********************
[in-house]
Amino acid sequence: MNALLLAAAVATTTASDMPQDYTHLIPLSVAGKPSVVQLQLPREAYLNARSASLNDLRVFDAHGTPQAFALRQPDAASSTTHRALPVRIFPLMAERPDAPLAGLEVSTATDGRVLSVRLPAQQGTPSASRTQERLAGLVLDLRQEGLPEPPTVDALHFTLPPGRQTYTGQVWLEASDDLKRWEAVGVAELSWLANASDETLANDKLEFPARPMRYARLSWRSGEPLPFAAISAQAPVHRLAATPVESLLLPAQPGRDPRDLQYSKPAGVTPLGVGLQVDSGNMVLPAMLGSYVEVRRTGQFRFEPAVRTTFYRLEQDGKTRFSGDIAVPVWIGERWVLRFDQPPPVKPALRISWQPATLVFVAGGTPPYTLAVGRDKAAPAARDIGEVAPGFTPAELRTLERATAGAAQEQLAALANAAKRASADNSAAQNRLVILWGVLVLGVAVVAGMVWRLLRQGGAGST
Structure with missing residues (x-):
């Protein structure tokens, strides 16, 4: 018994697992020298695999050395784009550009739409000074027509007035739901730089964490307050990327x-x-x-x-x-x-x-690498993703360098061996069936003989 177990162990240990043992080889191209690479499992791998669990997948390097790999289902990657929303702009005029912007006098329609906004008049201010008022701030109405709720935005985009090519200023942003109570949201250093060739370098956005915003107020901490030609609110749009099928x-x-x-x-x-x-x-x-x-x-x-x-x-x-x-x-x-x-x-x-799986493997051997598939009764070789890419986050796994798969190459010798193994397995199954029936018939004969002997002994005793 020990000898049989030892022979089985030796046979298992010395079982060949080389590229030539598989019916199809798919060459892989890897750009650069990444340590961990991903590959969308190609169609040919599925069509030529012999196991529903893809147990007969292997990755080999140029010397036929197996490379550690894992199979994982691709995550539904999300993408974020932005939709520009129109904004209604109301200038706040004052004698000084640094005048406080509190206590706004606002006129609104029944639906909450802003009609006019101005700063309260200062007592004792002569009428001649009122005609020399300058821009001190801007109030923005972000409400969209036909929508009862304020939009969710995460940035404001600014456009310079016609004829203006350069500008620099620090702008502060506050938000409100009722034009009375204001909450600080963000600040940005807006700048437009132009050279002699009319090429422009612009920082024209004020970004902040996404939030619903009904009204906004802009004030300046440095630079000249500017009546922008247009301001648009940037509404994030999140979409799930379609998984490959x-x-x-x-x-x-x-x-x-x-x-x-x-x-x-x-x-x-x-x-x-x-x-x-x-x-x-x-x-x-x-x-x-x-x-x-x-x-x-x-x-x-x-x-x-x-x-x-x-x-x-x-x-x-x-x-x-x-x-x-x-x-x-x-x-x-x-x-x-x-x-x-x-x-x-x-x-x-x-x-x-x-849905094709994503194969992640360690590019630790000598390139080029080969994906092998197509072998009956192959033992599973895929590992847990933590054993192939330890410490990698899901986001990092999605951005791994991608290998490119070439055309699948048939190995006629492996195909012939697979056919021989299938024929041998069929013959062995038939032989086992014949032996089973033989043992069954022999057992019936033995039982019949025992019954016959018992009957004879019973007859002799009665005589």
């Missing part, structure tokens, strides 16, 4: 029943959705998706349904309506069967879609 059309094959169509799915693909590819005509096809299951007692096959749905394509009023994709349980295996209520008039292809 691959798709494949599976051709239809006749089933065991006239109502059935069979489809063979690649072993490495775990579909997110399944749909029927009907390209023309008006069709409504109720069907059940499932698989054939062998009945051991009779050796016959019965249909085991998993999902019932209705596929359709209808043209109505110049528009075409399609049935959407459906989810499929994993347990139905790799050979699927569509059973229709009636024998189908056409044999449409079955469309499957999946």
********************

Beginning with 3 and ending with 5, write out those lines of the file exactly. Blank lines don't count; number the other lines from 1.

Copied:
Structure with missing residues (x-):
């Protein structure tokens, strides 16, 4: 018994697992020298695999050395784009550009739409000074027509007035739901730089964490307050990327x-x-x-x-x-x-x-690498993703360098061996069936003989 177990162990240990043992080889191209690479499992791998669990997948390097790999289902990657929303702009005029912007006098329609906004008049201010008022701030109405709720935005985009090519200023942003109570949201250093060739370098956005915003107020901490030609609110749009099928x-x-x-x-x-x-x-x-x-x-x-x-x-x-x-x-x-x-x-x-799986493997051997598939009764070789890419986050796994798969190459010798193994397995199954029936018939004969002997002994005793 020990000898049989030892022979089985030796046979298992010395079982060949080389590229030539598989019916199809798919060459892989890897750009650069990444340590961990991903590959969308190609169609040919599925069509030529012999196991529903893809147990007969292997990755080999140029010397036929197996490379550690894992199979994982691709995550539904999300993408974020932005939709520009129109904004209604109301200038706040004052004698000084640094005048406080509190206590706004606002006129609104029944639906909450802003009609006019101005700063309260200062007592004792002569009428001649009122005609020399300058821009001190801007109030923005972000409400969209036909929508009862304020939009969710995460940035404001600014456009310079016609004829203006350069500008620099620090702008502060506050938000409100009722034009009375204001909450600080963000600040940005807006700048437009132009050279002699009319090429422009612009920082024209004020970004902040996404939030619903009904009204906004802009004030300046440095630079000249500017009546922008247009301001648009940037509404994030999140979409799930379609998984490959x-x-x-x-x-x-x-x-x-x-x-x-x-x-x-x-x-x-x-x-x-x-x-x-x-x-x-x-x-x-x-x-x-x-x-x-x-x-x-x-x-x-x-x-x-x-x-x-x-x-x-x-x-x-x-x-x-x-x-x-x-x-x-x-x-x-x-x-x-x-x-x-x-x-x-x-x-x-x-x-x-x-849905094709994503194969992640360690590019630790000598390139080029080969994906092998197509072998009956192959033992599973895929590992847990933590054993192939330890410490990698899901986001990092999605951005791994991608290998490119070439055309699948048939190995006629492996195909012939697979056919021989299938024929041998069929013959062995038939032989086992014949032996089973033989043992069954022999057992019936033995039982019949025992019954016959018992009957004879019973007859002799009665005589």
């Missing part, structure tokens, strides 16, 4: 029943959705998706349904309506069967879609 059309094959169509799915693909590819005509096809299951007692096959749905394509009023994709349980295996209520008039292809 691959798709494949599976051709239809006749089933065991006239109502059935069979489809063979690649072993490495775990579909997110399944749909029927009907390209023309008006069709409504109720069907059940499932698989054939062998009945051991009779050796016959019965249909085991998993999902019932209705596929359709209808043209109505110049528009075409399609049935959407459906989810499929994993347990139905790799050979699927569509059973229709009636024998189908056409044999449409079955469309499957999946």